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French government learns from Hackney housing and regeneration projects
The French government has been learning from pioneering work going on at one of London’s biggest regeneration projects.
Two French Ministers of State visited Hackney’s Woodberry Down on Monday (March 3), to learn more about the £1 billion, 20-year flagship redevelopment.
The Ministers were particularly interested in Hackney’s groundbreaking, cost neutral approach to the project and also the training and employment opportunities that Hackney Homes have developed.
M. Roger Karoutchi, Secretary of State for Parliamentary Relations, and Mme. Fadéla Amara, Secretary of State for Urban Policies, were given a tour of the estate by the Woodberry Down Regeneration Team, and also chatted to residents.
Robin Smith, Woodberry Down Programme Director, later gave a Hackney overview and presentation on the project, after which the visitors enjoyed a lunch with residents.
The delegation was also given a tour of Hackney’s Nightingale Estate, which is also currently being regenerated in a partnership between the Council, Hackney Homes, Southern Housing Group, Bangla Housing Association and Nightingale Partnership Residents Association, to provide 1,080 homes.
It is the second time in recent months that representatives from the government of France have been to see the work going on at Woodberry Down first hand.
In December last year senior representatives from the Délégation Interministérielle à la Ville (DIV) visited and were keen to learn more about community cohesion plans, social infrastructure and intermediate housing products.
Councillor Jamie Carswell, Deputy Mayor of Hackney, said: “Woodberry Down residents can feel proud that the regeneration of where they live is attracting international approval as a groundbreaking example for other such large-scale projects to learn from.”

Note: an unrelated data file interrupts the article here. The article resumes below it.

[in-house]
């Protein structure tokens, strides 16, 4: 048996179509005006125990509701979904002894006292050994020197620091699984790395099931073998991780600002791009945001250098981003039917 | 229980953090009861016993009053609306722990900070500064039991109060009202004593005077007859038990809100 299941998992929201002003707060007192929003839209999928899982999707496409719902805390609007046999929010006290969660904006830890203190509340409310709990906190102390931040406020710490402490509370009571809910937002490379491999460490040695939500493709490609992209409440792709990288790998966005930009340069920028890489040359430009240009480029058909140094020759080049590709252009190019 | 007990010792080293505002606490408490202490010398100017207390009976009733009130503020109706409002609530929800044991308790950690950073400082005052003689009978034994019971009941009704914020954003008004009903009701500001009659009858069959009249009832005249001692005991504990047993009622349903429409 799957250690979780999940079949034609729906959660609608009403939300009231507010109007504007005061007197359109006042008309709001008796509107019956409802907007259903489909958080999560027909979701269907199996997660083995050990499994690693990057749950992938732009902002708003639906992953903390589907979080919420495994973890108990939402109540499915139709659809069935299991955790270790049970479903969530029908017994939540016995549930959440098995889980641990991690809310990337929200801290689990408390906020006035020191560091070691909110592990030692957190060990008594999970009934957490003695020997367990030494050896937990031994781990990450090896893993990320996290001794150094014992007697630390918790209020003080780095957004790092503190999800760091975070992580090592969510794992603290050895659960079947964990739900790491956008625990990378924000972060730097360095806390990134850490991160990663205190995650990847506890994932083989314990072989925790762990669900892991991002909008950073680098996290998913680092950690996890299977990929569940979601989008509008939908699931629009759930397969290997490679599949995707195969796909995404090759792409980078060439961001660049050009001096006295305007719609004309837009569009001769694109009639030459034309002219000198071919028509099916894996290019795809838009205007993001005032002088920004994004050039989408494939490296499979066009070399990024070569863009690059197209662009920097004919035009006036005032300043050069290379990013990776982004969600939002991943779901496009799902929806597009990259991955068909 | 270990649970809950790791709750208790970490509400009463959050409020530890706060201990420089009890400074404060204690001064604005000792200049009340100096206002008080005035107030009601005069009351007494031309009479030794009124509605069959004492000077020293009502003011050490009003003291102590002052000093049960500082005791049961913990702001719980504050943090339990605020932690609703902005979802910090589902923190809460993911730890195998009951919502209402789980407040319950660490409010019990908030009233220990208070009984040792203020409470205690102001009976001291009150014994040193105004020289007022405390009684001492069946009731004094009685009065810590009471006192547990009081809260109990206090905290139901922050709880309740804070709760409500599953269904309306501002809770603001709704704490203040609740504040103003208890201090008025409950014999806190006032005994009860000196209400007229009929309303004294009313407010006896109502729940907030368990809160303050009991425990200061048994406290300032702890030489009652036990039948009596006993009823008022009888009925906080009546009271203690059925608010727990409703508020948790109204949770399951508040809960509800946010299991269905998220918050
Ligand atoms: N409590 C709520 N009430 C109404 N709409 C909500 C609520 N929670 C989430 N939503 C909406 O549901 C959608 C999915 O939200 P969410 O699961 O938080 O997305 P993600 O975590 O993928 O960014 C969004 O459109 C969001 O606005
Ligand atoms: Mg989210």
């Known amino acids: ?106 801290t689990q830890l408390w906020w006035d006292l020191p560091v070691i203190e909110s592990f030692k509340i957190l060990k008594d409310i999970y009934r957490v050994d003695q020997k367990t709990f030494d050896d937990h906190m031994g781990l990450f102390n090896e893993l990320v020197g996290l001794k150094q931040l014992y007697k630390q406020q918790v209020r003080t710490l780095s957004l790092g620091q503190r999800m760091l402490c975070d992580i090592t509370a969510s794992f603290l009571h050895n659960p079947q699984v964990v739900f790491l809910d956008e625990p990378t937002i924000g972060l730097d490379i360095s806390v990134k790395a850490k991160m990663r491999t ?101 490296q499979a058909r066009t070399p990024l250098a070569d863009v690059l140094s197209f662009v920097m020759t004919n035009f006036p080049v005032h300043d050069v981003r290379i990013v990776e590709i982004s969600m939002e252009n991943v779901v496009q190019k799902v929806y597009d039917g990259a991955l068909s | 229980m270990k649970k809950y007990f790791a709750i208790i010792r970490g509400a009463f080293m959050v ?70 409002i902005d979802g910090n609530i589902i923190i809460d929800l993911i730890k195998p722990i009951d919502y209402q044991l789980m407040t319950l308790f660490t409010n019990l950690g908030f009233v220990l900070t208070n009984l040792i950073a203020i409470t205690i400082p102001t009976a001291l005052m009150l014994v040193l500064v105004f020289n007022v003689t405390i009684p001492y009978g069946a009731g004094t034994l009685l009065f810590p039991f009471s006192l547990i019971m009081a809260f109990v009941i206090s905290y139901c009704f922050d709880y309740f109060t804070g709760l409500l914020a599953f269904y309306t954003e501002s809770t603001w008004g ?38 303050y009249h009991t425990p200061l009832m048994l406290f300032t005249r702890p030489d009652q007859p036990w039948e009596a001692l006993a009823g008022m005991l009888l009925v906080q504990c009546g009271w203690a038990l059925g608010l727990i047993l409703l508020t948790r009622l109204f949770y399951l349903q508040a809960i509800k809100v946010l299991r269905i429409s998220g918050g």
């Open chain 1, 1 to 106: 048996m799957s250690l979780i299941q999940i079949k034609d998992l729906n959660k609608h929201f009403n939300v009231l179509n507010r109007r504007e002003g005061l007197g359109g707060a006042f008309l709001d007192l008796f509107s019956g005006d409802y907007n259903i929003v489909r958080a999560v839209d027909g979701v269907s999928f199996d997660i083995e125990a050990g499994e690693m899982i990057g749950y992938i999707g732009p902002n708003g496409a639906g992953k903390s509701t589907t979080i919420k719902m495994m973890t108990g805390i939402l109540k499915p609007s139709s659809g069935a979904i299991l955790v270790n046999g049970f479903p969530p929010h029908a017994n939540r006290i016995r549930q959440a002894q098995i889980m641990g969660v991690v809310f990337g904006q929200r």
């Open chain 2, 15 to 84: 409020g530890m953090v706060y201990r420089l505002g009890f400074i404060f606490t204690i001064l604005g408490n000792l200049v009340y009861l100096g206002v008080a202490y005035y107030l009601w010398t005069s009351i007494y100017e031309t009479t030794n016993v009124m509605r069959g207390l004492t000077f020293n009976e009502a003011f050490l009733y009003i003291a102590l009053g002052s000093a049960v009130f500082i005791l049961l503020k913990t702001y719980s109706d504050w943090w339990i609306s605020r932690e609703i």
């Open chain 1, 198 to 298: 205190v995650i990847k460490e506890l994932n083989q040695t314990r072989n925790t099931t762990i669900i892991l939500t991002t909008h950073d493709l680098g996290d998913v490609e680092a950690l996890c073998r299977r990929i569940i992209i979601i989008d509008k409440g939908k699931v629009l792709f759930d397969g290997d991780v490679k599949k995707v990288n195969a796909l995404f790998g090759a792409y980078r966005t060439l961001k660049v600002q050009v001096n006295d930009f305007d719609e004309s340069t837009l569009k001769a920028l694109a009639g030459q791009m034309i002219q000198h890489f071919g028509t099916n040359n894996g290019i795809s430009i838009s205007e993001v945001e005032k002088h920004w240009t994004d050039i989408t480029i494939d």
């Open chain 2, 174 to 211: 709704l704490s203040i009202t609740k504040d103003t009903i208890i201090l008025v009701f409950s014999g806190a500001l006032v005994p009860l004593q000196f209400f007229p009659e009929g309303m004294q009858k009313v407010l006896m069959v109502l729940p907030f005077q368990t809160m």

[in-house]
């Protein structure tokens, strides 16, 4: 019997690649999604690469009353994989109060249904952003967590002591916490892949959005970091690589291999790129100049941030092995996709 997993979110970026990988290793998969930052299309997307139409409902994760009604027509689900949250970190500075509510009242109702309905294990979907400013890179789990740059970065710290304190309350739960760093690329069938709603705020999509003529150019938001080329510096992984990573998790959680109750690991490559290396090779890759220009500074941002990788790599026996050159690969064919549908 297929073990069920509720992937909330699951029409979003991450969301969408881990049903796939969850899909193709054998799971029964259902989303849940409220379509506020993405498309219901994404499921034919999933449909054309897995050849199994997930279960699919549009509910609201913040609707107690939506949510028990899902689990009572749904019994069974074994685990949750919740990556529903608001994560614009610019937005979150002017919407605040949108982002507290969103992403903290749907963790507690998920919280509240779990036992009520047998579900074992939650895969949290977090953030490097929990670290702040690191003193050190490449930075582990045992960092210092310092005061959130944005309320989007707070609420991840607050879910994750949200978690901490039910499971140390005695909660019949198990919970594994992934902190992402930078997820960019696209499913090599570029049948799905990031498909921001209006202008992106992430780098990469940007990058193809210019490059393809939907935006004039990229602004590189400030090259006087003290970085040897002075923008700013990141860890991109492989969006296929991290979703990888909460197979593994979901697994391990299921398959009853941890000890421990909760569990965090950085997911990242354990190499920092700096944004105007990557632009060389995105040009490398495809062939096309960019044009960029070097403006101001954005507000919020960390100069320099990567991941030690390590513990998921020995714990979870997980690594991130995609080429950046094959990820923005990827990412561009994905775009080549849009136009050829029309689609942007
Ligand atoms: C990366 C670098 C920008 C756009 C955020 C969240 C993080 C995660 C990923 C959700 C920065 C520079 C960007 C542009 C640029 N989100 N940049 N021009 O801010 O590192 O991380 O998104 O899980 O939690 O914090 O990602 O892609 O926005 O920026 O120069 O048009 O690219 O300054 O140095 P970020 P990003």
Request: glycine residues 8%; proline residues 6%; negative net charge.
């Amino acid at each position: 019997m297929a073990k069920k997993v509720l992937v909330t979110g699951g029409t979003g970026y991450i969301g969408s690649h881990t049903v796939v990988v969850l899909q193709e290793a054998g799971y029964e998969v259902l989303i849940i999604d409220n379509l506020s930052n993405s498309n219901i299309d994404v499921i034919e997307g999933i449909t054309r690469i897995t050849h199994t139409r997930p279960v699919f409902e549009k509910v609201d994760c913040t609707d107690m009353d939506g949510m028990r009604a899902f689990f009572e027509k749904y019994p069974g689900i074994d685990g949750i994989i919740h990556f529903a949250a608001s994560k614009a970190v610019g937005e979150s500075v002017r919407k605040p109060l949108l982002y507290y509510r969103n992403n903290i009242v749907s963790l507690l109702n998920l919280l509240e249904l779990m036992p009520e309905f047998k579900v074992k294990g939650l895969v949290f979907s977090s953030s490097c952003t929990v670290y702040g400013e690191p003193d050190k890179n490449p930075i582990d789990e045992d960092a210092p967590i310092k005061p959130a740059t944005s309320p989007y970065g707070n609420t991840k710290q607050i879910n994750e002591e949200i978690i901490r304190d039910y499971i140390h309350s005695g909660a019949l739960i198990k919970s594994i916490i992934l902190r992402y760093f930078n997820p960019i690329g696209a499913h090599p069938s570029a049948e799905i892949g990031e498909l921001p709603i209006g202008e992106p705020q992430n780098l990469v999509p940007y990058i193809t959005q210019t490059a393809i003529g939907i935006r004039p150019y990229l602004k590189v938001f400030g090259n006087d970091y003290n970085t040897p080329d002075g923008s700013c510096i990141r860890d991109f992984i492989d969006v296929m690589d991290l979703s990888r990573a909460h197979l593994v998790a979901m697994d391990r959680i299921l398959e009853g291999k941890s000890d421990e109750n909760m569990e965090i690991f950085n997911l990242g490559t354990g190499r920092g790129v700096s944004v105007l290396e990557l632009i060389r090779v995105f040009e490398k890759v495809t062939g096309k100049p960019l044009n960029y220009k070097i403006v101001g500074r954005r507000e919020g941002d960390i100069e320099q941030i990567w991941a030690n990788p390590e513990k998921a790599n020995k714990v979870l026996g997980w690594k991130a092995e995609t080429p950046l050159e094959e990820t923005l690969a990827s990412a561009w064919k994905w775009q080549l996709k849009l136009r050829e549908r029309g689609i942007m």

Woodberry Down is one of the government’s Department for Communities and Local Government (CLG) Mixed Communities Demonstration Projects, and is set to provide more than 4,500 new mixed-tenure homes and transform one of Hackney’s most deprived areas.
The project will see the demolition of all the existing 2000 homes, and its Masterplan, by Shepheard Epstein Hunter, and approved by the planning authority last September, also provides for a brand new social infrastructure of community facilities and open space.
Berkeley Homes has been selected as the developer for the 1st phase of the project which will see a mixed tenure development of 1,250 new homes in an investment worth over £250 million.
The Woodberry Down Regeneration Team also brought together the 18 largest such schemes in the capital, holding the inaugural meeting of the London Major Projects Group last December at CLG’s offices which was hosted by Baroness Andrews.
The group will meet on a quarterly basis, to share knowledge and best practice, including scheme modelling and viability, managing change, and supporting communities, as well as strengthening links with central government to help add value to delivery.
Together, the projects span 10 London boroughs, and add up to more than 1,200 hectares – nearly the size of Kensington & Chelsea (1,215 hectares).